ANN ARBOR, Mich. — Michigan Interim Athletic Director Jim Hackett announced Tuesday that former Wolverine quarterback and San Francisco 49ers head coach Jim Harbaugh has been hired as the 20th coach in football history. Harbaugh becomes the sixth former Michigan player to be named the leader of college football’s winningest program.
“Throughout my life I have dreamed of coaching at the University of Michigan,” said Harbaugh, Michigan’s J.
Ira and Nicki Harris Family Head Football Coach. “Now I have the honor to live it.
“Across every discipline on campus, the University of Michigan stands for excellence,” Harbaugh said. “I feel privileged to take a leadership position at one of the finest universities in the world. I truly believe it is time to ask what we can do for our great university, and how I can be a great teammate. I commit to do my part to see to it the Michigan football program upholds its tradition of excellence.”
— Jim Harbaugh
“We are excited to have Jim come home and lead our football program into the future,” said Hackett, the Interim Donald R. Shepherd Director of Athletics. “Since retiring from playing in the NFL, Jim has worked hard to become one of the elite coaches in the profession. He has been successful at every coaching stop and has done an exceptional job of molding and developing young men as football players, students and citizens. We believe that Jim is the perfect individual to balance the academic and athletic expectations that come with representing this football program and University.”
Harbaugh comes to Ann Arbor after an impressive four-year run in the National Football League. He led the San Francisco 49ers to the NFC Championship game in each of his first three seasons, winning the George Halas Trophy as NFC champions in 2012. Harbaugh tallied a 49-22-1 record that included a 5-3 mark in the postseason as 49ers head coach.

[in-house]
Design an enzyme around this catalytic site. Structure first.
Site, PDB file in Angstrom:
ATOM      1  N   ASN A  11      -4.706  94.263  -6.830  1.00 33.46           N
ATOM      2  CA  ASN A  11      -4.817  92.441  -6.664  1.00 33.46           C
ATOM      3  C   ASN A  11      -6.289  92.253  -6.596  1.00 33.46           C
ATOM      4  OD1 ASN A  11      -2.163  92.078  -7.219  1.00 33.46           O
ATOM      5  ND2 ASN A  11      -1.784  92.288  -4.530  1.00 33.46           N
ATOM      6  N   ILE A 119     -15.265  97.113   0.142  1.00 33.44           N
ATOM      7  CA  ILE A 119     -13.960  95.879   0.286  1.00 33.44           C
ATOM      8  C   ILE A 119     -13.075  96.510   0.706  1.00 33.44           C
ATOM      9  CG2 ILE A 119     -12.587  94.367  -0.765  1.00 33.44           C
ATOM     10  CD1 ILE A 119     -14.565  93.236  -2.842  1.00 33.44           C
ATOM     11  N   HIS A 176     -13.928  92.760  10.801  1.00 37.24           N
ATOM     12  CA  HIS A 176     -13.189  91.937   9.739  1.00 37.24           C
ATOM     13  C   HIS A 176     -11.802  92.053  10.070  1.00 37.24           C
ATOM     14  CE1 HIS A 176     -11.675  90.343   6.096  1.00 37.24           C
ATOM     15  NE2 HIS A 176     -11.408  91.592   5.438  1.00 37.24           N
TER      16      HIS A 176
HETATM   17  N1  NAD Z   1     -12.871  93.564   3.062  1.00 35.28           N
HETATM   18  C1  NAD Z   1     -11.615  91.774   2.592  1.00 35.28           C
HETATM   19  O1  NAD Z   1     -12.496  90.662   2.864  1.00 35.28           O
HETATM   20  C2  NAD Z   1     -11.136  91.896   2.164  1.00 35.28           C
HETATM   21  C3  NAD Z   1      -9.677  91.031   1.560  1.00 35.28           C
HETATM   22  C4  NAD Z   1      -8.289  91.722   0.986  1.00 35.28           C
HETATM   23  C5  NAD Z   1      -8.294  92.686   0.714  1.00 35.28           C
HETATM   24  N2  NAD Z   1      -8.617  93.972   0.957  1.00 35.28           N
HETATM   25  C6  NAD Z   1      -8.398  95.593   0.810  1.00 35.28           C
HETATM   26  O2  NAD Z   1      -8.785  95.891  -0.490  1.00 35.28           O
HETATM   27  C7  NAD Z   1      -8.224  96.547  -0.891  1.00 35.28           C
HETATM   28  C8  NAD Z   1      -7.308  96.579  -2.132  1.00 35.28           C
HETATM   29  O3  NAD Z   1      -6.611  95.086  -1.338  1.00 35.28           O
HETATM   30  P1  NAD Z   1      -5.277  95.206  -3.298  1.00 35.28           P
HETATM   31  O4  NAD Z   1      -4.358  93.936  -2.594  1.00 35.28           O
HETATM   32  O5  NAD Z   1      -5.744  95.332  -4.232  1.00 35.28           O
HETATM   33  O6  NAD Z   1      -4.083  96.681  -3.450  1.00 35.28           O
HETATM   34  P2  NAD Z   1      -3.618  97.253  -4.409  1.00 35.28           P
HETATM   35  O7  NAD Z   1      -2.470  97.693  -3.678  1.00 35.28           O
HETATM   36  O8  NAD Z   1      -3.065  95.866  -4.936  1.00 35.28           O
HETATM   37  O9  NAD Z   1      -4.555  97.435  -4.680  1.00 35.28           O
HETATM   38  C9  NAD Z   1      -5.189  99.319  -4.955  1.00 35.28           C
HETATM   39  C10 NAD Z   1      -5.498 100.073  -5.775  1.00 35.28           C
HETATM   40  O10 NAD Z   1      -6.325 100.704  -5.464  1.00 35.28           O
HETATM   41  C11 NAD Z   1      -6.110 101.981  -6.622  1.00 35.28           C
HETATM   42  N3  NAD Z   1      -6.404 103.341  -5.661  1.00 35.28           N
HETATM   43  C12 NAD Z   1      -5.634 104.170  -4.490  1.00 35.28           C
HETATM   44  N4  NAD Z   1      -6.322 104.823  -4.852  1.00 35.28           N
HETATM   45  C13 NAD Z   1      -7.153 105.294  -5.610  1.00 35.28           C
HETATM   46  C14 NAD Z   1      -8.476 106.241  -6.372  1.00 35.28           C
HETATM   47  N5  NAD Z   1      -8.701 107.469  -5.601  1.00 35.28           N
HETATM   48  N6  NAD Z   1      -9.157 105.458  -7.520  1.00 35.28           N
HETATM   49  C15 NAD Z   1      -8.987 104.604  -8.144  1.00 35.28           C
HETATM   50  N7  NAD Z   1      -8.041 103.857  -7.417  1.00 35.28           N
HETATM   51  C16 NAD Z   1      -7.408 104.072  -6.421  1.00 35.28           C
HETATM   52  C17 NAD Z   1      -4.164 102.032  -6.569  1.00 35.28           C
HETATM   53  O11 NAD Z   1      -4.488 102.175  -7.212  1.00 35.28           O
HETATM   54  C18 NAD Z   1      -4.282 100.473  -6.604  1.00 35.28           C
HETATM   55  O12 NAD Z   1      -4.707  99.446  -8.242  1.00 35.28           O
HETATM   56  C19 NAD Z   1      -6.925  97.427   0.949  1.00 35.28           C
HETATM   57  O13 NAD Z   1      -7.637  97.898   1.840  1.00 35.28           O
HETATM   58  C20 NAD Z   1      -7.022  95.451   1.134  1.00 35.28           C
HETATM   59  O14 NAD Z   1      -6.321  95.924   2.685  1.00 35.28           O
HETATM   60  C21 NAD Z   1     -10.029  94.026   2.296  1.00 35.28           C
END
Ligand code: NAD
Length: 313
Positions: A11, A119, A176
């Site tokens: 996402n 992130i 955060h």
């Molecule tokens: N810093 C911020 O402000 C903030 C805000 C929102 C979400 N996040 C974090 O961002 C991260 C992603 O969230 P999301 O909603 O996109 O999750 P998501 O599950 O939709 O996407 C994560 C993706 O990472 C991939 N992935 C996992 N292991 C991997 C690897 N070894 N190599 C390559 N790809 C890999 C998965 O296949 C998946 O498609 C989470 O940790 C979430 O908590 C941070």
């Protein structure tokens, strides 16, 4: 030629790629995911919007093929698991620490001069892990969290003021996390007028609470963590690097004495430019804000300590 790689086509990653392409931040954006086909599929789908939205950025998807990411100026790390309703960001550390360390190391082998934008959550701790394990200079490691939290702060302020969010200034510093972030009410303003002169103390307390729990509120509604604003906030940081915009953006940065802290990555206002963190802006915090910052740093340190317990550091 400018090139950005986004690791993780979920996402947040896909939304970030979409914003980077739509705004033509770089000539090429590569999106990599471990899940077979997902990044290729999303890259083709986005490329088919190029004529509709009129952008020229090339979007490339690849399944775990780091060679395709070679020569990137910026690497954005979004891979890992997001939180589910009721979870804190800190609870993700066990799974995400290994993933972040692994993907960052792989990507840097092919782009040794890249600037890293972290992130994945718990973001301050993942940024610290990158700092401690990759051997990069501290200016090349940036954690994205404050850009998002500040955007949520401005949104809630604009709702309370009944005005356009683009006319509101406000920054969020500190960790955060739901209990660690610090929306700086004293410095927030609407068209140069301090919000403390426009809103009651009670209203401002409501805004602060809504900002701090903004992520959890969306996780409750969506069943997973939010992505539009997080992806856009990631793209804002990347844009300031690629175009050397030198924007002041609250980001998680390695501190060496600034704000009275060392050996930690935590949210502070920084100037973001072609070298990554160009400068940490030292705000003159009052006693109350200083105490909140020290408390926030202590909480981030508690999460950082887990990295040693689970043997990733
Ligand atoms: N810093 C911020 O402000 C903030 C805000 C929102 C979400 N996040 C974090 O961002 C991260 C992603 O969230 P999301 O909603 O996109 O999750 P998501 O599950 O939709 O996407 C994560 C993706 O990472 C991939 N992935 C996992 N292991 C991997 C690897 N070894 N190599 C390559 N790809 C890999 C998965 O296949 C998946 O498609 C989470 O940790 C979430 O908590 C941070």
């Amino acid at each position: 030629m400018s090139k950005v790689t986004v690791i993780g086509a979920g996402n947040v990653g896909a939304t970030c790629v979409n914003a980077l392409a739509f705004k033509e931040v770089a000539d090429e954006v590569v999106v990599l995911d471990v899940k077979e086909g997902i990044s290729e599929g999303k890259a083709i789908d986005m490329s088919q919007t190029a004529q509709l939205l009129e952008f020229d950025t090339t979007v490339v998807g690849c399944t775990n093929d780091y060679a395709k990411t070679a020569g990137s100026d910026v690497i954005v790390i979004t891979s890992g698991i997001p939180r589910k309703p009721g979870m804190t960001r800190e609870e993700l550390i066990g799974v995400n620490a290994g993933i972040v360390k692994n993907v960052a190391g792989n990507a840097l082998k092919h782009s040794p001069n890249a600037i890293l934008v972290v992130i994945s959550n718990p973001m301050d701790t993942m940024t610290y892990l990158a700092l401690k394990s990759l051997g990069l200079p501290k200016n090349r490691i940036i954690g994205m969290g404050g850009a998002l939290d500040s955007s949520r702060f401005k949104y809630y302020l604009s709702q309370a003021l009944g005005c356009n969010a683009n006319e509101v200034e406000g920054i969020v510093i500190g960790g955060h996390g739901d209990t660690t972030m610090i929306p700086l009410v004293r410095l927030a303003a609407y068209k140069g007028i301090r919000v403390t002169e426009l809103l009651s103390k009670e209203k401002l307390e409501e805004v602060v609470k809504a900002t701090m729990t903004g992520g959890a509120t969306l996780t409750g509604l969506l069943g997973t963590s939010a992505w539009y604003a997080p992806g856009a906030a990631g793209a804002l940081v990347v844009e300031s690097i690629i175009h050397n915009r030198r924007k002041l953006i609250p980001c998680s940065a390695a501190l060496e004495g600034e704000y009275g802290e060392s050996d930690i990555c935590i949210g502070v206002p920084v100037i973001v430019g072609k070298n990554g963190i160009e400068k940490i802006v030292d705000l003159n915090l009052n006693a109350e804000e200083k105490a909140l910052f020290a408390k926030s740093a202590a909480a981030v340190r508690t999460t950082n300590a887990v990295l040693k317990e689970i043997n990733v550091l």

Prior to making the jump to the 49ers, Harbaugh rebuilt Stanford football. The Cardinal improved each of his four seasons, capped with a 12-1 campaign and FedEx Orange Bowl victory against Virginia Tech in 2010. Harbaugh finished his tenure at Stanford with a 29-21 overall record (.580) and 21-15 mark in Pac-10 Conference play.
In his first head coaching experience, Harbaugh led San Diego to a 29-6 record during his three seasons directing the program (2004-06). In his first year, the Toreros posted a 7-4 record after winning their final five games of the season. The team proceeded to post 11-1 marks during the 2005 and 2006 seasons, claiming the Pioneer Football League Championship each season.
|Harbaugh’s Collegiate Coaching Career|
As a collegiate player, Harbaugh was one of the most efficient passers in NCAA history. In 1985, he led the nation in pass efficiency and finished as the runner-up in 1986. His career pass-efficiency rating was the NCAA’s top mark for more than 12 years. Harbaugh won the Chicago Tribune Big Ten Most Valuable Player award, earned first team All-America honors and finished third in the balloting for the Heisman Trophy following the 1986 season.
He completed 387-of-620 passes for 5,449 yards and 31 touchdowns during his career, with all four statistical categories still listing among the top 12 in school history. He also added 12 rushing touchdowns during his career, including eight scores as a senior. Harbaugh became the first Michigan quarterback to ever throw for more than 300 yards in a single game (310 vs. Wisconsin) and eclipsed the 200-yard passing mark 12 times. He led the Wolverines to a 21-3-1 record as a full-time starter during his final two seasons, including a pair of victories against rivals Michigan State and Ohio State.